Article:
Dangerous goods transport

Re. Toxic substances disclosed (Castanet, Dec. 2)

Re. Penske rental truck bursts into flames on the Okanagan Connector, the morning of Nov. 17.

My first concern is why were these chemicals being transported without placarding on the vehicle. Looking at the photo of the truck in question from the article, I can only see the front of vehicle-and do not note any placards or any placard holders.

The transportation of dangerous goods (rules) state any vehicle carrying prescribed dangerous goods be it a singular compound or mixed load needs to be identified on all four sides. That includes boxes, drums or any container holding dangerous goods.

4.15 (1) The primary class placard for each of the dangerous goods contained in a large means of containment, other than a vessel or an aircraft, must be displayed on each side and on each end of the large means of containment.

My second concern is it required Castanet filing a Freedom of Information Act request to the Ministry of Environment, which then opted to release the information two weeks after the incident.

The transportation of dangerous goods manifest would have to be in the cab of the truck, which the driver is supposed to take with him in the event of an emergency to deliver to first responders arriving at the scene, so straight away they know what they are dealing with and can react to it as per the transportation of dangerous goods schedule.

How about the CVSE? Maybe its officers arrived on scene. They should for sure have been involved. Any emergency or spill would have to be communicated to CANUTEC. All responders on site knew precisely what they were up against.

CANUTEC acts as advisors if needed, as it employs chemists 24/7/365.

In an emergency involving dangerous goods, call CANUTEC at 1-888-CAN-UTEC (226-8832), 613-996-6666 or *666 on a cellular phone. Incidents can occur while dangerous goods are being transported, while they are handled or during temporary storage waiting for transport.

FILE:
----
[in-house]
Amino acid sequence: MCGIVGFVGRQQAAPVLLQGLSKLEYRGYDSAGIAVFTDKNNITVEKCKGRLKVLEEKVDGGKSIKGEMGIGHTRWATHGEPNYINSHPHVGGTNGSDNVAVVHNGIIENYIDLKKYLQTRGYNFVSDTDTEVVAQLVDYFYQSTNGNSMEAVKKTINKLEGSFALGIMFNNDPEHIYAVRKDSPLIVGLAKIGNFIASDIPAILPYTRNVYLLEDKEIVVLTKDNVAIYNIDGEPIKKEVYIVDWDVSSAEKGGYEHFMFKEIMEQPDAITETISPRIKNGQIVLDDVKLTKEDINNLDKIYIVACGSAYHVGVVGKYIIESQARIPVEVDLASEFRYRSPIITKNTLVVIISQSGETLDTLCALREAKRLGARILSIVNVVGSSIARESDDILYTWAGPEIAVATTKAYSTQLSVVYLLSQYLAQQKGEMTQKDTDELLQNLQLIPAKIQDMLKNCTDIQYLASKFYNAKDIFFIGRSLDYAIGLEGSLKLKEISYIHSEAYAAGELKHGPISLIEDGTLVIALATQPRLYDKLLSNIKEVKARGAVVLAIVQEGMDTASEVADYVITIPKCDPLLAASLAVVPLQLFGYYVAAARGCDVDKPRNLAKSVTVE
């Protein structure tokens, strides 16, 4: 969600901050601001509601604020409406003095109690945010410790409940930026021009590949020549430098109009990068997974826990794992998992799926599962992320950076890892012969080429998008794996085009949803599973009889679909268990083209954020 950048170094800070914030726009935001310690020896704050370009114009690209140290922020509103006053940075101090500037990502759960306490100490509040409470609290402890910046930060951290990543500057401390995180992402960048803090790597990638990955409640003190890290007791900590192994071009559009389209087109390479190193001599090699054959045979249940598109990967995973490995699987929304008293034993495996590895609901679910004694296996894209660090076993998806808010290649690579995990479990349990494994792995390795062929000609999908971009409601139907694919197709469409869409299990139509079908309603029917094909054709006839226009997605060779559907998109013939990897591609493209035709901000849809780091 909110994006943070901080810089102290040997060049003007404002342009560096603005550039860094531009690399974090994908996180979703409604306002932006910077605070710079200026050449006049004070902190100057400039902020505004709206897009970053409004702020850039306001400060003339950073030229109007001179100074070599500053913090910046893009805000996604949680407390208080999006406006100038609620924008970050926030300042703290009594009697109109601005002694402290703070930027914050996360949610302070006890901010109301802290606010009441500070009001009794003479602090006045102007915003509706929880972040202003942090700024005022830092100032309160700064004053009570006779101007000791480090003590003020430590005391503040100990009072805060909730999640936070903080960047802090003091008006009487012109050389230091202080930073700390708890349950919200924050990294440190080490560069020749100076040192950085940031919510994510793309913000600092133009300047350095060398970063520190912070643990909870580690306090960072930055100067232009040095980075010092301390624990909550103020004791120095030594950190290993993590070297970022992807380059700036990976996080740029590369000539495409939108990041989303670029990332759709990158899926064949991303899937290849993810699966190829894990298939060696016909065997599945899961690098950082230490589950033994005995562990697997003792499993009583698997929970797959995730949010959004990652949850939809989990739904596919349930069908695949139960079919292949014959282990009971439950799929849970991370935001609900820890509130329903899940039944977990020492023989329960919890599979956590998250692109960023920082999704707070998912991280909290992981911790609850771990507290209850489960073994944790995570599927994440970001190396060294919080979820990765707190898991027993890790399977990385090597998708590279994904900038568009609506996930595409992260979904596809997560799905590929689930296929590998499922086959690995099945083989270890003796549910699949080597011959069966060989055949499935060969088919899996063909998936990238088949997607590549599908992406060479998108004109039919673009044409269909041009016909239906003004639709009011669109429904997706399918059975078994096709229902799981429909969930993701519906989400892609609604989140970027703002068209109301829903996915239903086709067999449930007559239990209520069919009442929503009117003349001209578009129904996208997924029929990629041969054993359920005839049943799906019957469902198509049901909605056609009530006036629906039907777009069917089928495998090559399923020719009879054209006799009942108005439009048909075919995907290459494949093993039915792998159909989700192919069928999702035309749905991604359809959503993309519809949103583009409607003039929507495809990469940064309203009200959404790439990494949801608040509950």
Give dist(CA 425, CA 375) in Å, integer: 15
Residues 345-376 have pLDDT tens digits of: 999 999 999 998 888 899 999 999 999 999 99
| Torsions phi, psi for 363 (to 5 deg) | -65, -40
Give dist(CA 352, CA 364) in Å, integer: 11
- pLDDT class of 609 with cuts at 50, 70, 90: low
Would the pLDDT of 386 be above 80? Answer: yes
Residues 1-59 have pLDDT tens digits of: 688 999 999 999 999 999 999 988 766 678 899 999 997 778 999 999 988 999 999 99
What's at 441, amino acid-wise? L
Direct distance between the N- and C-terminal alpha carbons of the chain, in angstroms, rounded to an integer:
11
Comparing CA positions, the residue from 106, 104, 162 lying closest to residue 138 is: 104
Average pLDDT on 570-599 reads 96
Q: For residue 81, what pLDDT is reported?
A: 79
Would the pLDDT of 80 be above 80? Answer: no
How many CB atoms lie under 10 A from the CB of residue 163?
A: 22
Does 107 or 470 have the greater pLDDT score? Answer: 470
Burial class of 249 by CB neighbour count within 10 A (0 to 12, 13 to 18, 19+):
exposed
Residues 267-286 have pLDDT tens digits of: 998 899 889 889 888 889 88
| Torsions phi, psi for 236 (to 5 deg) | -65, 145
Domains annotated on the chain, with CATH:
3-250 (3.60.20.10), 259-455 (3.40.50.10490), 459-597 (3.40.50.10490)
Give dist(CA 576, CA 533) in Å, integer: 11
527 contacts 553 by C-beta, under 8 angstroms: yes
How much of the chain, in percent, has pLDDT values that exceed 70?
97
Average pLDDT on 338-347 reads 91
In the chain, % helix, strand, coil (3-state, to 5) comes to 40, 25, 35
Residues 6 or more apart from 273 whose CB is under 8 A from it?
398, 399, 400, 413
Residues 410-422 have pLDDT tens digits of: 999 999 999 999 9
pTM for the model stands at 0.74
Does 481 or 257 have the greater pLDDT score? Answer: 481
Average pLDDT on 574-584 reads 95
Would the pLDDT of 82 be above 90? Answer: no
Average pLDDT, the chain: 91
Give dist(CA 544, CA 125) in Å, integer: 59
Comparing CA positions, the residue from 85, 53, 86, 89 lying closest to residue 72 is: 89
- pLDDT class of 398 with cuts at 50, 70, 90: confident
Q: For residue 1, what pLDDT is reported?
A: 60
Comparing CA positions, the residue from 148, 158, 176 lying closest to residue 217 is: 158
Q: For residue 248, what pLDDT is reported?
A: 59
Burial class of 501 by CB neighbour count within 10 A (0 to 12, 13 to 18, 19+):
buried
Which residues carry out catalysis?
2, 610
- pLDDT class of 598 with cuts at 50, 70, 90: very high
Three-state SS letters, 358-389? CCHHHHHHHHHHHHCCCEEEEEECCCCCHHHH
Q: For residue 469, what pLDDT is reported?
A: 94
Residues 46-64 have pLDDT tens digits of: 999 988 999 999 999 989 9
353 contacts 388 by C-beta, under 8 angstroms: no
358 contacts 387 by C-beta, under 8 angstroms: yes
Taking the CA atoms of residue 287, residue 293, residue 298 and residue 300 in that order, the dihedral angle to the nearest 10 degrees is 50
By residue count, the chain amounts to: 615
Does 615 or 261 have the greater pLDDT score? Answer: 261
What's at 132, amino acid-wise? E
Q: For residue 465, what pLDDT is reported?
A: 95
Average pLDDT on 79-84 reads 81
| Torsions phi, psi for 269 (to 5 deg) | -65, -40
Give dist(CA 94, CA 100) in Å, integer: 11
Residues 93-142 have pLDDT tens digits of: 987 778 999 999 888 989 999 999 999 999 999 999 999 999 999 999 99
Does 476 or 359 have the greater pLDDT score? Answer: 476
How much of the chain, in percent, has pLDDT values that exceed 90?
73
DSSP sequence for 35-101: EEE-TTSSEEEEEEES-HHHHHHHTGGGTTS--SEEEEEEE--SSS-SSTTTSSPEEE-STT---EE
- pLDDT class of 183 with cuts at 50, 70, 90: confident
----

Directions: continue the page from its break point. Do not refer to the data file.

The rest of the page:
Dangerous goods are separated into nine classes, according to the type of hazard they represent:

• Class 1: Explosives

• Class 2: Gases

• Class 3: Flammable liquids

• Class 4: Flammable solids

• Class 5: Oxidizers

• Class 6: Poisons

• Class 7: Radioactive materials

• Class 8: Corrosives

• Class 9 Miscellaneous products, substances or organisms

All these substances are listed in the Transportation of Dangerous Goods Regulations, and Schedule 1 of the act.

Aviation regulated liquid is Class 3 UN 1863 flammable liquid. Mercury acetate is Class 6.1 toxic UN 1629. lead acetate is Class 6.1 UN 1616 toxic, mercaptons are Class 3 UN 2347 flammable, ethanol is Class 3 UN 1170 flammable, organic peroxides are Class 5.2 UN 3105 oxidizers, formamide is Class 3 UN 4095 flammable and a reproductive toxin and carcinogen with a “time weighted average” (TWA) of 10 ppm. Calcium chloride is essentially a salt.

If the critical effect on a worker is chronic (long-term) or sub-chronic (medium-term), the substance is given a TWA value. This is an eight- hour time weighted average (a worker's average airborne exposure in any eight-hour work shift.

Faulty dissemination of information, disregard for human safety, or just “passing-the-buck” as in “that’s not my department of responsibility,” is unacceptable.

I would believe the Carrier was held responsible and sited for not identifying the consignment.

Thank you Castanet for digging this one out.

The above information comes directly from Transportation of Dangerous Goods Act. Any safety data sheets can be found by inputting the UN number or by chemical name.

Mark Pawlessa, West Kelowna

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